‘Scientists have become the bearers of the torch of discovery in our quest for knowledge.’
As teachers of science we will…
…teach a well-sequenced science curriculum where the National Curriculum and EYFS Framework is covered through age-appropriate topics which stimulate and encourage our children to be curious, observe and make connections about themselves and the world around them. Through our scientific big questions, we aim to stimulate a child’s curiosity in asking and answering questions as they use their subject knowledge and senses to find out why things happen in the way they do.
As our young children become ‘scientists’ they will work and think scientifically and develop good scientific skills, knowledge and understanding and use subject-specific vocabulary to talk about their ideas and findings. First hand and real-life opportunities through scientific investigation and experiments enables them to make meaning and connections to real life whilst bringing science to life. For example, in Year One children make a model of a working stomach using a range of kitchen substances to enable them to understand how food is digested. In Year Two pupils are encouraged to apply their reading skills to becomes scientific researchers to find out about habitats beyond our local environment and the animals that live in them.
The following key scientific concepts are covered and built upon across the Key Stage One curriculum:
- Research. Seeking to answer questions through collecting and presenting data
- Observing over time
- Identifying, grouping and classifying
- Pattern seeking
- Using equipment and fair testing
Science is further enhanced through daily routines classroom provision areas and displays. For example, classes have a daily dashboard which provides daily opportunities for pupils to explore the seasons and the weather. Picture news also provides the children with regular opportunity to discuss and debate real-life and current issues which are impacting the world in which they live. For example, climate change and the effects on habitats and the animals that live in them.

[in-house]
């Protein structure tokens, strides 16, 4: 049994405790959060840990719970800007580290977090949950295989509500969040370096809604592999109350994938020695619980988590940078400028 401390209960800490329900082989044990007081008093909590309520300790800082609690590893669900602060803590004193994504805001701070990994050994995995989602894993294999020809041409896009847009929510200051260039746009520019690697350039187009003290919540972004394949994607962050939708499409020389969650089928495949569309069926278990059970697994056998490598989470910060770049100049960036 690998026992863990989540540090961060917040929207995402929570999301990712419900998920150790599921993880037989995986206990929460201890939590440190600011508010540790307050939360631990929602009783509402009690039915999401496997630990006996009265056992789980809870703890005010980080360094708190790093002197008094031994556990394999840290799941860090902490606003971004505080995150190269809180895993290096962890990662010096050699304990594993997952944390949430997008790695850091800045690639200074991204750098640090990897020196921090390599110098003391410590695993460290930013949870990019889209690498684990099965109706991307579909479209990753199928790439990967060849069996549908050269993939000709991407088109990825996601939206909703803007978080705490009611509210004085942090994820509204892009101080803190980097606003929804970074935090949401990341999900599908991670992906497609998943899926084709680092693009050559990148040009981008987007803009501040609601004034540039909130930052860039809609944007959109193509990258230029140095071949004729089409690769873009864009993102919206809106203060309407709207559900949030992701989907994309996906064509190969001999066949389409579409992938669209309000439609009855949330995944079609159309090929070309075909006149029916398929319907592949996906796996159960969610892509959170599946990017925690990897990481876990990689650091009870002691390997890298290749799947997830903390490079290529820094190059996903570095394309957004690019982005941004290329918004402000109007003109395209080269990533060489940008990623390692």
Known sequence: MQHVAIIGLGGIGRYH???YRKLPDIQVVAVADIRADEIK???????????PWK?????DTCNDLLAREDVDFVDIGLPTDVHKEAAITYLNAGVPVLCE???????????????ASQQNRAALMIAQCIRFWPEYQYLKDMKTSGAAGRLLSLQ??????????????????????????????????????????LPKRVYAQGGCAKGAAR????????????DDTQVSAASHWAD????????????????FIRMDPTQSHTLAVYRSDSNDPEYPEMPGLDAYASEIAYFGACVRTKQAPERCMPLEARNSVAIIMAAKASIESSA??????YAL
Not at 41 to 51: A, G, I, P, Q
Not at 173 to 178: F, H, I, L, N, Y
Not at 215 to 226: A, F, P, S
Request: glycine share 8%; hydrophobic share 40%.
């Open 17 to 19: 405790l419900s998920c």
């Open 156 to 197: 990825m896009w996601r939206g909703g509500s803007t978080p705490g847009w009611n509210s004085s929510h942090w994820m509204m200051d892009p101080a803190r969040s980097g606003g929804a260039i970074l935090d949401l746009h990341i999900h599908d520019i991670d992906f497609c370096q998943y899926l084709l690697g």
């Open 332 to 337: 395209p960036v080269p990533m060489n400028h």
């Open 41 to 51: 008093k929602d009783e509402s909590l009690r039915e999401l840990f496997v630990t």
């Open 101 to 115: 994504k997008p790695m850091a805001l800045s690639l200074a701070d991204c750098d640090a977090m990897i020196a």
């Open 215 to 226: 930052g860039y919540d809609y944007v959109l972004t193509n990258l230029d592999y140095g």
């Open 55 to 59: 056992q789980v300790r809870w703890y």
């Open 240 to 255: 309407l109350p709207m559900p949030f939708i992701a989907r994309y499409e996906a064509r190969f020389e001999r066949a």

Science is further enhanced through the range of educational visits, provision and after school clubs which are offered. For example, the Eco Club explore the impact that people and materials have on the eco-system. Our Climate Champions also promote national and global events such as Earth Hour and Earth Day and support pupils in finding ways to look after our environment and the world we live in. Whole school initiatives and awards such as our Hygge parent and child workshops and our ‘Environment Awards’ help children explore further nature, wildlife and plants within our outdoors and local environment.
Science is taught as a discrete subject. However, cross curricular links are also made where this is relevant. For example, the ‘World War Two’ topic allows pupils to explore the properties of materials and pupils are given the opportunity to investigate which materials would make the best Anderson shelter. Topic ‘wows’ act as a driver for scientific interest and enquiry and wherever possible real-life, hands on experiences are planned to add context and meaning to scientific concepts. For example, pupils in Year One learn about the fish by exploring the structure of a real fish from the fishmongers. Pupils observe a wide range of mammals on their visit to the Yorkshire Wildlife Park and discuss the adaptations the animal has to help them in their natural habitat.
Recap and review activities to begin science lessons build upon prior knowledge and ensure that pupils are grasping a good understanding of scientific terminology. Questioning is carefully used to check understanding and prior knowledge. Modelling is used by class teachers to clarify expectations and pupils are then given plentiful opportunities to consolidate, build upon and apply basic skills and knowledge, across a series of lessons, as well as across the year.
National Curriculum 2014
In science, pupils will have the opportunity to:
- ask simple questions and recognise that they can be answered in different ways
- observe closely, using simple equipment
- perform simple tests
- identify and classify
- use their observations and ideas to suggest answers to questions
- gather and record data to help answer questions.
- Animals, including humans.
- Living things and their habitats.
- Materials- their properties and use of everyday materials.
- Seasonal changes
Pupils will be able to develop their knowledge and skills as scientists by:
- using their five senses
- asking and answering questions
- making predictions about what they think might happen
- planning and investigating
- saying why and how things happen
- using a range of scientific equipment and resources
- recording their ideas and findings
- evaluating their own work and say how this can be improved.